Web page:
by Mike Sheahan
W e are all currently knee deep in the holiday season, and it's my
sincere wish that you, the reader, are not gaining too much weight, in the midst of a two-week
bender or being driven crazy by out-of-town visitors. If any of these things are happening, all I
can say is welcome to the club. And hang in there, there are only a few days of festivity and
merriment left. After that, there'll be plenty of time to dry up and go jogging. Meanwhile, go
right ahead and make that egg nog a double and then tell your mean, old uncle Charley what you
really think of him.
Of course this season of forced joyousness ends with the
most forced of all holidays, New Year's Eve. I realize I run the risk of sounding like a broken
record for this column's more regular readers, but the chance to say this comes but once a year,
so here goes. New Year's Eve is a ridiculous holiday full of false sentiment and nostalgia being
shared by people who have consumed way more than their personal limit of liquor. I can't make
myself celebrate the passing of yet another year on some arbitrary day from a calendar created
centuries ago. I refuse to wear a silly hat, blow on noisemakers or count to 10 with a bunch of
drunken strangers. That said, I realize that I am in a vast minority on this one, and there a few
good shows happening New Years, so I'll try to conceal my crusty attitude as I detail the night
The instrumental jam band The Motet makes yet
another appearance at the Abbey Theatre on the big night. It seems like The Motet has been to
Durango so many times this year that only Ralph Dinosaur has played more shows in Durango. The
band's fans are rabid though, and even with everything else that goes on that night, the Abbey
should be packed.
Maybe the jam thing isn't your bag. If that's the case,
you can join the nice kids at The Summit for an evening of entertainment featuring the
Broke Mountain Bluegrass Band . Last summer at the Rockygrass festival in Lyons, the Broke Mountain
boys won the new band contest. The band responded by quickly disbanding and dispersing across the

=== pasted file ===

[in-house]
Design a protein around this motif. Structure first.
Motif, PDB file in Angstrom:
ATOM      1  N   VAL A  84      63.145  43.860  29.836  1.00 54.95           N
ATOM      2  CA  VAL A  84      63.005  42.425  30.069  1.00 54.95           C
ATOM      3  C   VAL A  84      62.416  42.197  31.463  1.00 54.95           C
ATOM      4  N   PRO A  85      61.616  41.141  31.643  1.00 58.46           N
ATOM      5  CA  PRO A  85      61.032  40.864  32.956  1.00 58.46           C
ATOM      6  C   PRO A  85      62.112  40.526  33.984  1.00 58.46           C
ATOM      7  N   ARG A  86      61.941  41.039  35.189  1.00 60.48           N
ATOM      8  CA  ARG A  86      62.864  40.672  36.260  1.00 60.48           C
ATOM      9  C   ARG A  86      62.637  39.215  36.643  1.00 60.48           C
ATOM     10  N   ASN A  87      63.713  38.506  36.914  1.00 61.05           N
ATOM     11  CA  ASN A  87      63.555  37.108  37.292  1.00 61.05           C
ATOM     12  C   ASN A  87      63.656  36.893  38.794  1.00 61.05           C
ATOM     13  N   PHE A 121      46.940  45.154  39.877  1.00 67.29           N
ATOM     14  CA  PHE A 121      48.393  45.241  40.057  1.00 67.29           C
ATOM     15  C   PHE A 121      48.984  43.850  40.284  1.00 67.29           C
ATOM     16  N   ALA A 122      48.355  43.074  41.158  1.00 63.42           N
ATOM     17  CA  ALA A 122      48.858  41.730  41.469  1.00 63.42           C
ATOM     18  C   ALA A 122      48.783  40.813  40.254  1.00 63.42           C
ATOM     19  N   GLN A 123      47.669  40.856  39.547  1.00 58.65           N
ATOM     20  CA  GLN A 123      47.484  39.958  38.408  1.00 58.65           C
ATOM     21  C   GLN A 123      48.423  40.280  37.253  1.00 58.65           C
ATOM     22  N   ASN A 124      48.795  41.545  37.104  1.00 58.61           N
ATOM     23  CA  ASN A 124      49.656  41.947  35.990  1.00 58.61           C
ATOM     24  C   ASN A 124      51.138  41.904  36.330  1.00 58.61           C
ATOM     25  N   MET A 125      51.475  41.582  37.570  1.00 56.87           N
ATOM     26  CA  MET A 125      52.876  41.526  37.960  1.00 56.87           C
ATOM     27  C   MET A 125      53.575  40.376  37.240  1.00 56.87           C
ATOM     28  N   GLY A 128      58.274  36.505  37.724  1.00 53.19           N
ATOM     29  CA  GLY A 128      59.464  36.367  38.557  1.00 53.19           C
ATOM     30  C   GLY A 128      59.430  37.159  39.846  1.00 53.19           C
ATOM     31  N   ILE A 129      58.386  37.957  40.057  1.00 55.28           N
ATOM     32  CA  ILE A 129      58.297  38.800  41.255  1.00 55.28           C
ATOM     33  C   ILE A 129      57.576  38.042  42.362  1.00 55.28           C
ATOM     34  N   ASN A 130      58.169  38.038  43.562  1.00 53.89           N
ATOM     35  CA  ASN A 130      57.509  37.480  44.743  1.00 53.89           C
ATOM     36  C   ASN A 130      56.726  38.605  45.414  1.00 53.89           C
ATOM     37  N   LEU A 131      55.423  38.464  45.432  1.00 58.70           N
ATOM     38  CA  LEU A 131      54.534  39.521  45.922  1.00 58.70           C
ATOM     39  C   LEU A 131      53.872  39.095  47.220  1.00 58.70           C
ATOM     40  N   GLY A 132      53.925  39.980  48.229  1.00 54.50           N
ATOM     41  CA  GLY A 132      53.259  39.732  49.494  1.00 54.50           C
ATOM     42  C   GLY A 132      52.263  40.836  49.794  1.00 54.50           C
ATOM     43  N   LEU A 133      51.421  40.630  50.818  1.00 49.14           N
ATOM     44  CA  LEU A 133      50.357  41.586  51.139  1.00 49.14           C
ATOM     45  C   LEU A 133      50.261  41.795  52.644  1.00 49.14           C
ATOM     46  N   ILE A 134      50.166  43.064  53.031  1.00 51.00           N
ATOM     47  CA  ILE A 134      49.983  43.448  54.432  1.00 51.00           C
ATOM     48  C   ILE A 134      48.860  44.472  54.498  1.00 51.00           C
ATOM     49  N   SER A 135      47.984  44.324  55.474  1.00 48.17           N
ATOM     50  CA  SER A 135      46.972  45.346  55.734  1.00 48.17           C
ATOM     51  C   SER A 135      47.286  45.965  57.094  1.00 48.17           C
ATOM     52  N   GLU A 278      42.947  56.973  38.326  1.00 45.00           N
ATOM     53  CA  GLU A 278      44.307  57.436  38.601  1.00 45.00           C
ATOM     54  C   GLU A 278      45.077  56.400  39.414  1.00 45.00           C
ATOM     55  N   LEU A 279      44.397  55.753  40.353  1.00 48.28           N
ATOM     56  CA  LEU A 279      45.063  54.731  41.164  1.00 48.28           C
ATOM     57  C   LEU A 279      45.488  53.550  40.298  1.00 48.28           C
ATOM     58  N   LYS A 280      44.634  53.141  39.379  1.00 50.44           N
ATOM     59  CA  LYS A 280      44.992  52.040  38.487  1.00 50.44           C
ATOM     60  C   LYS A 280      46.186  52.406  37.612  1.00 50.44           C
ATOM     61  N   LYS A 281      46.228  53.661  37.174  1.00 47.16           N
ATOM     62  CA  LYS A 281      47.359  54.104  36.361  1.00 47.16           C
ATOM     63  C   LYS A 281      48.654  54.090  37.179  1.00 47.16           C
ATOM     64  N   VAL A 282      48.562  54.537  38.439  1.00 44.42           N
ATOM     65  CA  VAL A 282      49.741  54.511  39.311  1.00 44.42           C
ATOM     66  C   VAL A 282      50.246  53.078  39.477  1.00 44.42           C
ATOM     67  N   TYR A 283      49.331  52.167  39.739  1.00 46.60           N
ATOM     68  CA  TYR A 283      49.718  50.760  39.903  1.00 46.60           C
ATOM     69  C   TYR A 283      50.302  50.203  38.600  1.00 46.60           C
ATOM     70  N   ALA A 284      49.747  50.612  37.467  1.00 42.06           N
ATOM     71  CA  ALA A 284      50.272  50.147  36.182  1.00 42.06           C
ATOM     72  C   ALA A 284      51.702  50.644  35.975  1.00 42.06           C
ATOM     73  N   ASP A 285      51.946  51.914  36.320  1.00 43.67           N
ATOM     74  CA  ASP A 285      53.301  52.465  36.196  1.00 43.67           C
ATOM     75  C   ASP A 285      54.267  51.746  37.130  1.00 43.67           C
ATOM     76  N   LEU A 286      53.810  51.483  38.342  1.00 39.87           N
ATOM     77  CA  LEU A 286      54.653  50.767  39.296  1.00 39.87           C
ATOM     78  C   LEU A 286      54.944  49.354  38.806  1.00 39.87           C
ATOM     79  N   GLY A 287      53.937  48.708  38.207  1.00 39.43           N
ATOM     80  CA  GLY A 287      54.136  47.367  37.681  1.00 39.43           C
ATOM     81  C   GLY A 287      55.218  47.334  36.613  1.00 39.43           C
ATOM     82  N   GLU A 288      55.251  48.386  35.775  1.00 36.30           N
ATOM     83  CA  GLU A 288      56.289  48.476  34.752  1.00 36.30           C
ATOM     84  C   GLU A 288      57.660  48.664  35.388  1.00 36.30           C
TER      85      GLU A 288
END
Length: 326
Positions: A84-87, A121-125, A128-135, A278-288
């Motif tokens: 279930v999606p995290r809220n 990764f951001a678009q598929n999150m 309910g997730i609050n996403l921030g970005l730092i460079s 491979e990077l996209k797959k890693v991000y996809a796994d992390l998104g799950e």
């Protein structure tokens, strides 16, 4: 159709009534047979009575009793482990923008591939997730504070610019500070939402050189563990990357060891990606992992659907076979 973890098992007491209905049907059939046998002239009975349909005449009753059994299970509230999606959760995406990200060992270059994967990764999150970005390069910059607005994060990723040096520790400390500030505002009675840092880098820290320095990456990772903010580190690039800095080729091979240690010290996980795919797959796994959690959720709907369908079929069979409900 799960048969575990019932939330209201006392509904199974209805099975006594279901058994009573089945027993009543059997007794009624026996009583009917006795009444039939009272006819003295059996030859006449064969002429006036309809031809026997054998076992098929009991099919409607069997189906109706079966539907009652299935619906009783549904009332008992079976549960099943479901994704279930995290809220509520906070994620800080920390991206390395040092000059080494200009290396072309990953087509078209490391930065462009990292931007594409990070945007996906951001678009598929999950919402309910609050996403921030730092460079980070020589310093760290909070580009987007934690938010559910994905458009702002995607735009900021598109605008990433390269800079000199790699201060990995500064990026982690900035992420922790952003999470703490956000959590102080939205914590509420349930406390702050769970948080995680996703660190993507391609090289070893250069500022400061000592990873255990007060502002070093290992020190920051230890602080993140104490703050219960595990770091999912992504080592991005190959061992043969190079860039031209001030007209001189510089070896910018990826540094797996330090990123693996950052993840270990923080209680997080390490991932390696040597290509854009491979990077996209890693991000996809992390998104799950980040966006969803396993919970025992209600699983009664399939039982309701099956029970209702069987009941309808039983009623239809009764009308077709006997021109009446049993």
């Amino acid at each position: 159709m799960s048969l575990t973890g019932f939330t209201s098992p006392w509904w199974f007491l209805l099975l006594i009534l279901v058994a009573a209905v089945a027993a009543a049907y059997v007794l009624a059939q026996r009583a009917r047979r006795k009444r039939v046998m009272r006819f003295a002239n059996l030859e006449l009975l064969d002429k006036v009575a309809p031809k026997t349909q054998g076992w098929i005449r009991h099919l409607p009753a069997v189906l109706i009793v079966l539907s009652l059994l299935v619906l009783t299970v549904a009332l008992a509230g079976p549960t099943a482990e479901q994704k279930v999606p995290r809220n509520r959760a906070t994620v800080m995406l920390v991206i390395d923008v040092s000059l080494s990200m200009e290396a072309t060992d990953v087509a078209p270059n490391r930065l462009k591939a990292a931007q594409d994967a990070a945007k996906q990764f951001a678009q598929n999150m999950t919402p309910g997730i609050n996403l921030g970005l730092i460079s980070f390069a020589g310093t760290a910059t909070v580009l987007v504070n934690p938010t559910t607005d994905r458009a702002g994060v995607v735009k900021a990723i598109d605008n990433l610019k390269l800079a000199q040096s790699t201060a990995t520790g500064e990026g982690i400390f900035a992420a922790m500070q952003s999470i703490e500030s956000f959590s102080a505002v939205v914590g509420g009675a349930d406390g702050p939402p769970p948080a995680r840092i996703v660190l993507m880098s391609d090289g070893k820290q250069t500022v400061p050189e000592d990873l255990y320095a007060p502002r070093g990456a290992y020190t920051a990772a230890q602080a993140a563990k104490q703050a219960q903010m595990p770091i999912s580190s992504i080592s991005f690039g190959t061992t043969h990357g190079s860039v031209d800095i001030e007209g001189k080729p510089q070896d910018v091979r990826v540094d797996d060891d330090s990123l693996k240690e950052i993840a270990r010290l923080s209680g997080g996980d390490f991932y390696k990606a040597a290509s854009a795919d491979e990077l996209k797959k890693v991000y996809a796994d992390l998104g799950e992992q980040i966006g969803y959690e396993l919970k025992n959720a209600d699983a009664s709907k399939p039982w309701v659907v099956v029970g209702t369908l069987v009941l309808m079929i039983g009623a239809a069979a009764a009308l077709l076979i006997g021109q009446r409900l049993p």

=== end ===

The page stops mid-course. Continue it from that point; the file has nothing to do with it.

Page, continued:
If you are of a traveling mind this New Year's Eve,
Big Bad Voodoo Daddy will provide the entertainment at the Sheridan Opera House in
Telluride. If swing music, zoot suits and hipsters with martinis are your thing, then this is
right up your alley. Regardless of how you actually feel about hipsters, BBVD puts on a show worth
If for some ungodly reason you will find yourself in
Denver for the big night, plan on spending part it at the Paramount Theater for a show by
Jay Farrar .
Farrar was a founding father of the great Uncle Tupelo and, later, Son Volt, and puts on a
musically spectacular show. Most of his songs are somber or downright depressing, and his stage
presence is less than commanding, so this won't exactly be the good-times rave up that most people
expect from New Years, but for me, it's the perfect antidote.
If none of this fits your bill or seems a little lowbrow,
you can always take a special late night ride on the train. Your $125 ticket will get the chance
to take a train ride in style, provided with champagne and party favors all the while rubbing
elbows with Durango's upper crust. Go to www.durangotrain.com for further
There you go. You are now armed with everything you need to have a wild night. Good luck and keep
an eye out for the man.
Website of the Week: Have you ever wondered if there is any truth to that old story about
the teen-age couple who were making out in their car, heard there was an escaped, one-handed
psycho on the loose and when they got home found a hook in the door handle? Or how about the woman
in a Florida supermarket who turned her back on her child for a couple of seconds and the kid
disappeared. And when the kid was found, her abductor had already given her a haircut? Our culture
is filled with these urban legends, myths and wives tales and www.snopes.com is a website
devoted to scientifically exploring the validity of many of these stories. I am usually against
using the internet for educational purposes, but for snopes.com I make an exception. And no, you
can't dissolve a tooth by leaving it in Coke overnight.
The Last Two Albums of 2003: Two weeks ago, I presented my list of my favorite 10 albums of 2003.
I still stand by said list, but in recent months two others were released that are worth mention.
"It Still Moves" by My Morning Jacket and "Streetcore" by Joe Strummer and The Mescoleros are the
honorable mention records of 2003.
My Morning Jacket is a five-piece, Southern rock band that
mixes heavy reverb and a loud/quiet guitar style so well that I can overlook the group's jammy
qualities. Those jammy qualities are why "It Still Moves" wasn't in the top 10, most songs are a
minute or so too long and the guitar solos sometimes go way over the top. Still, "It Still Moves"
is a healthy slice of Southern-fried rock.
"Streetcore" is the project Joe Strummer was working on
when he died. At its best (songs like "Coma Girl" and "Long Shadow") it ranks with the best work
he ever did. It's not all brilliance though. His version of Bob Marley's "Redemption Song" seems
tossed in just to fill the album out. These moments are rare though, and the album is certainly
Tell me all your problems.